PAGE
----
Thursday, November 4, 2010
Ground Truth Adventures Along the Gulf During the First Days of the Spill – Spectral Remote Sensing in Action
Once every five years, the U.S. Army Corps of Engineers is mandated to map the shorelines of the United States. A relatively new airborne configuration of remote sensing instrumentation is being used. One of the first flights of this system, over hundreds of miles along the U.S. shores of the Gulf of Mexico, took place just before the B.P. tragedy. A that time, the author was rushed to the Gulf to collect Ground Truth data of shores yet unaffected by the imminent slick. Today’s talk covers some of the ideas and science behind the art of Earth remote sensing – from the ground up - while telling a story from the vicarious perspective of a field scientist literally and figuratively at the edge of an environmental disaster.
Biography: Mark Helmlinger received a BS in Physics from the California State Polytechnic University in 1991. He is currently employed with Northrop Grumman Aerospace Systems as an electro-optic calibration specialist and remote sensing scientist. During his last few years at Cal Poly, Mark was the Physics technician for Mt. San Antonio College. Mark was also a field research consultant for NASA’s Jet Propulsion Laboratory in 1989 for the Satellite Land Surface Climatology Program (ISLSCP) Field Experiment (FIFE). From 1991 to 2005, Mark was a member of the Earth Observation System (EOS) Multi-Angle Imaging SpectroRadiometer (MISR) team and responsible for fieldwork for MISR, the Airborne Visible/Infrared Imaging Spectrometer (AVIRIS), and other programs of the Earth and Space Sciences Directorate at JPL. Mark has participated in the Boreal Ecosystem-Atmosphere Study (BOREAS) and the Southern African Regional Science Initiative (SAFARI 2000) international intensive field campaigns and has also lead several expeditions to the playas of the Southwest and other remote locales in North America. Throughout his career, Mark has maintained a relationship with the Cal Poly Physics Department and the SCAAPT, been a lecturer to Cal Poly and Domingues Hills Physics lab courses, and has been a guest lecturer and field guide for a remote sensing course offered at Cal Tech.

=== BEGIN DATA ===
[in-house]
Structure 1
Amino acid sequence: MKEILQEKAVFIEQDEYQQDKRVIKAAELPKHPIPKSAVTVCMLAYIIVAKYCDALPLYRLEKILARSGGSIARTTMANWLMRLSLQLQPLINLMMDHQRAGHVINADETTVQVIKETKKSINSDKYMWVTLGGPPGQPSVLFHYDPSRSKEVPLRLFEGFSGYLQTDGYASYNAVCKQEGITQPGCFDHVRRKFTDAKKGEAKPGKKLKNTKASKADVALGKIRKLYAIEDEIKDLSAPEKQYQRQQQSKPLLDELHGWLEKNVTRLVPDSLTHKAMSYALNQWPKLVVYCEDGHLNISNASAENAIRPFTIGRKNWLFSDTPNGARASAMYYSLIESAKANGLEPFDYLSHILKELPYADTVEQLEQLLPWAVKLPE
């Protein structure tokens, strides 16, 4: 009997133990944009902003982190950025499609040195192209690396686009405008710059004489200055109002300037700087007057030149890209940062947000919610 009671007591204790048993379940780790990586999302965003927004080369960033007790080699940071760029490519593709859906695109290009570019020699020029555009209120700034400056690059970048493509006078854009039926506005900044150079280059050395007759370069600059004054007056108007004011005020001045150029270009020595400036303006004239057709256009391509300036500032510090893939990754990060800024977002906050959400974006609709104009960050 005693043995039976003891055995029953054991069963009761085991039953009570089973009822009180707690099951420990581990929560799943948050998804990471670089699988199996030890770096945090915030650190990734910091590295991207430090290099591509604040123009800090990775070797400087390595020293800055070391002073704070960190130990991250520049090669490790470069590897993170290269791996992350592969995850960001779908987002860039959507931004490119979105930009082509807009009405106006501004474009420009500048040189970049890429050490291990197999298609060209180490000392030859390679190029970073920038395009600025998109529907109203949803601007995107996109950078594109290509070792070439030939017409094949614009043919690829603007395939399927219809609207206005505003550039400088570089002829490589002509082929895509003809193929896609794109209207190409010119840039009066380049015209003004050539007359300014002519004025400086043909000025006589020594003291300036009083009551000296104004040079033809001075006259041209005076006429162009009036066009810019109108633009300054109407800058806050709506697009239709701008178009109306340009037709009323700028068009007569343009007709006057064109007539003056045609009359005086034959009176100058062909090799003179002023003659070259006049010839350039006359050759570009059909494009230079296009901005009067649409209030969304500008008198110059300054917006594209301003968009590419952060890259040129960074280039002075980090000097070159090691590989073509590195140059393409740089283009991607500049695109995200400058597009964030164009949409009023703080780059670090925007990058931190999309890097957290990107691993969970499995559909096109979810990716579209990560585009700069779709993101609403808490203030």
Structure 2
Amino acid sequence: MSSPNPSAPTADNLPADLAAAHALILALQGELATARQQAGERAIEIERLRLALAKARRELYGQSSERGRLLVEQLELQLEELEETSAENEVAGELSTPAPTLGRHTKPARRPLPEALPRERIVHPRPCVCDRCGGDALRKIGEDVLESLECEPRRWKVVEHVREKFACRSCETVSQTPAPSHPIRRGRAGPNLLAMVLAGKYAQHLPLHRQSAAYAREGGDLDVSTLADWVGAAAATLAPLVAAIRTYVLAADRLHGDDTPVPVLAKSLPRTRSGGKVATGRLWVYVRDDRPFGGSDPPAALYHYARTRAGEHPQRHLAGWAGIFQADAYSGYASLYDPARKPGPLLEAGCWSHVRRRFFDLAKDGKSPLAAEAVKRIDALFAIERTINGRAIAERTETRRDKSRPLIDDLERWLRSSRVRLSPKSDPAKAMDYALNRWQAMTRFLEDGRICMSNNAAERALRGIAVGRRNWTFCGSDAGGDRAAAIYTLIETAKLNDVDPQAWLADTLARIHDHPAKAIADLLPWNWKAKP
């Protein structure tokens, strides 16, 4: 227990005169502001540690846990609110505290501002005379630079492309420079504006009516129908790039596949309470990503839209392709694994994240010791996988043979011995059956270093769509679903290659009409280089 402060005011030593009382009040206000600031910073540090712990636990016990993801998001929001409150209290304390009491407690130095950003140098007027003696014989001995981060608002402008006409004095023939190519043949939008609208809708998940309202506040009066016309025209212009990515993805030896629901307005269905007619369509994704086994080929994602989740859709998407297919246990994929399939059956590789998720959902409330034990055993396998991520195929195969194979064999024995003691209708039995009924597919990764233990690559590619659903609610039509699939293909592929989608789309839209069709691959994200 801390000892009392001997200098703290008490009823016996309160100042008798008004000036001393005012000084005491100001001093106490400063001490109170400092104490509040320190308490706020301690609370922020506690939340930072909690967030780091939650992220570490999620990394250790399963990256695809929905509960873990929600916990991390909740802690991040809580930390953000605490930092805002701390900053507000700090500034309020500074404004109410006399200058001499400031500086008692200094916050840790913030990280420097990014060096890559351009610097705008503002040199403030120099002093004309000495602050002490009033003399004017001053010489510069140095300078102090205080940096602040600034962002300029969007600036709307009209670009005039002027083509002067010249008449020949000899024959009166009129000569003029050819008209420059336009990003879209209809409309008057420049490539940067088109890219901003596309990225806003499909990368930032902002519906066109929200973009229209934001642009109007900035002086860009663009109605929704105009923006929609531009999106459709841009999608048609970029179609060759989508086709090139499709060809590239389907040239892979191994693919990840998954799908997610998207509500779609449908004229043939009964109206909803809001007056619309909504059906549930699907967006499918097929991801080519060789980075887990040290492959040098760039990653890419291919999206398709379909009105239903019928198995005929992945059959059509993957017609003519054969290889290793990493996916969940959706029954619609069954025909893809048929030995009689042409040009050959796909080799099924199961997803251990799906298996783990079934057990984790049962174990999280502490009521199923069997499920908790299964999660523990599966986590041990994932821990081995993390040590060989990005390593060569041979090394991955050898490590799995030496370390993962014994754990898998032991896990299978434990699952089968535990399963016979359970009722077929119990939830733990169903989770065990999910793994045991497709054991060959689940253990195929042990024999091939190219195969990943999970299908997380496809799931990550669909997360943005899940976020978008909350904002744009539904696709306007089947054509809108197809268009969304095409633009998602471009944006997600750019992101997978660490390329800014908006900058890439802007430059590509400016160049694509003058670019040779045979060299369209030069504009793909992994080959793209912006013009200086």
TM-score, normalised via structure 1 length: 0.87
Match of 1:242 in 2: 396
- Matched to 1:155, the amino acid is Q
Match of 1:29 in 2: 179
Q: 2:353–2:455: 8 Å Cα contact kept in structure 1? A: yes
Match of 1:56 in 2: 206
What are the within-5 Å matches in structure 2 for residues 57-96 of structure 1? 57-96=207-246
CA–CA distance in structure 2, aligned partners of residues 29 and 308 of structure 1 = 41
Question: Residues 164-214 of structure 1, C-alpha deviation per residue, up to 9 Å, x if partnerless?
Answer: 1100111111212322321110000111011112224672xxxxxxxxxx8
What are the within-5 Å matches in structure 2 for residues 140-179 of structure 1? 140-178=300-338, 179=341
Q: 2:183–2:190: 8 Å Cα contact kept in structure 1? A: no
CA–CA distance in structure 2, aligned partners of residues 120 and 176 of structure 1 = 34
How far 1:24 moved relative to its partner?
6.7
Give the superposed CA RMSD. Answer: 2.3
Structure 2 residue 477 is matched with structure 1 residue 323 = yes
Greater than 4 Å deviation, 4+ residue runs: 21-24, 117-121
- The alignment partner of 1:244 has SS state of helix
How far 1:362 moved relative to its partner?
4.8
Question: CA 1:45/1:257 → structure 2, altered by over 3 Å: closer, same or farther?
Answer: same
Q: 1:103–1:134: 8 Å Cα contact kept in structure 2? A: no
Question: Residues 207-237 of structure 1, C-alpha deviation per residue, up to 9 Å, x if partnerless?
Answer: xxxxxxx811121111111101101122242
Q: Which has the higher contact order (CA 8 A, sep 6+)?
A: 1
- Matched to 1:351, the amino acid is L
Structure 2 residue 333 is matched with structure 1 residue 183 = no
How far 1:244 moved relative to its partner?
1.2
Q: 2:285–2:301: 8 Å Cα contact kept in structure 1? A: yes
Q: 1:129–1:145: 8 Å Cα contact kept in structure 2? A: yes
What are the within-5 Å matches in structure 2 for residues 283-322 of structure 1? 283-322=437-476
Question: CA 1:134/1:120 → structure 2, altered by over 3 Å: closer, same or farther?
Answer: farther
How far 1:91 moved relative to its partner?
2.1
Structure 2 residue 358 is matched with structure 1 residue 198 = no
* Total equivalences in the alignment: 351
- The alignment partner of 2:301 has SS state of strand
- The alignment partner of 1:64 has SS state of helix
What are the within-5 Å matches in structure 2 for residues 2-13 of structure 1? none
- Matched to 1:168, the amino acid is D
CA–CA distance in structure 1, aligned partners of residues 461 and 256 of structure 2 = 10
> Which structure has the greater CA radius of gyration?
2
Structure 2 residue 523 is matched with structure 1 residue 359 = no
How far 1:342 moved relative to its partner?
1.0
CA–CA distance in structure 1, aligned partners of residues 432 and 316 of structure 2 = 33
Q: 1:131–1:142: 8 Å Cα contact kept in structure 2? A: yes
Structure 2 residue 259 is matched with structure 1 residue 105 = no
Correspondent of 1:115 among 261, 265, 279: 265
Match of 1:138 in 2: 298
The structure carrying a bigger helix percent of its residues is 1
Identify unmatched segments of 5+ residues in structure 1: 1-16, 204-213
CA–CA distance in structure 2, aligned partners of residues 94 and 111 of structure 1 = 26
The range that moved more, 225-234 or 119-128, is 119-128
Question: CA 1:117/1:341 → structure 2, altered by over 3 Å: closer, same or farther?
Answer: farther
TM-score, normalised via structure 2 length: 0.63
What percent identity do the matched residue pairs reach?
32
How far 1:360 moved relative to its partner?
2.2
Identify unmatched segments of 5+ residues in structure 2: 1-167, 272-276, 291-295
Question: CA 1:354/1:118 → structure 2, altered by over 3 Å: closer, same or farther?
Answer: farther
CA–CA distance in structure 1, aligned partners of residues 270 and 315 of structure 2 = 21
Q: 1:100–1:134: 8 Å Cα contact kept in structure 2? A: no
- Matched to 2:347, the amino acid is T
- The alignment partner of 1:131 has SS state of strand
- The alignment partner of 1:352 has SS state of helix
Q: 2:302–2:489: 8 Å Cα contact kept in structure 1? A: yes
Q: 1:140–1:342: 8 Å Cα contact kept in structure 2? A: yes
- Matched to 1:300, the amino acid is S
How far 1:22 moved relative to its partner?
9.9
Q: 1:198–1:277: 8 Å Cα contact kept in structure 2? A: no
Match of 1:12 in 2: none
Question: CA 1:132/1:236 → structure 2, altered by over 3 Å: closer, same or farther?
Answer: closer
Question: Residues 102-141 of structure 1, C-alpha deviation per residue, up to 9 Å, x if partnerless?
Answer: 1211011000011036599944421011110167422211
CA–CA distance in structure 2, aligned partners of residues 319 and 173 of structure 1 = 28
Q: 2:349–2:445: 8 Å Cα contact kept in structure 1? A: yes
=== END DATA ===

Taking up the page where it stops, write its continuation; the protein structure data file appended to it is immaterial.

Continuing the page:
Refreshments at 11:00 AM. Seminar begins at 11:10 AM.
Building 8, Room 241
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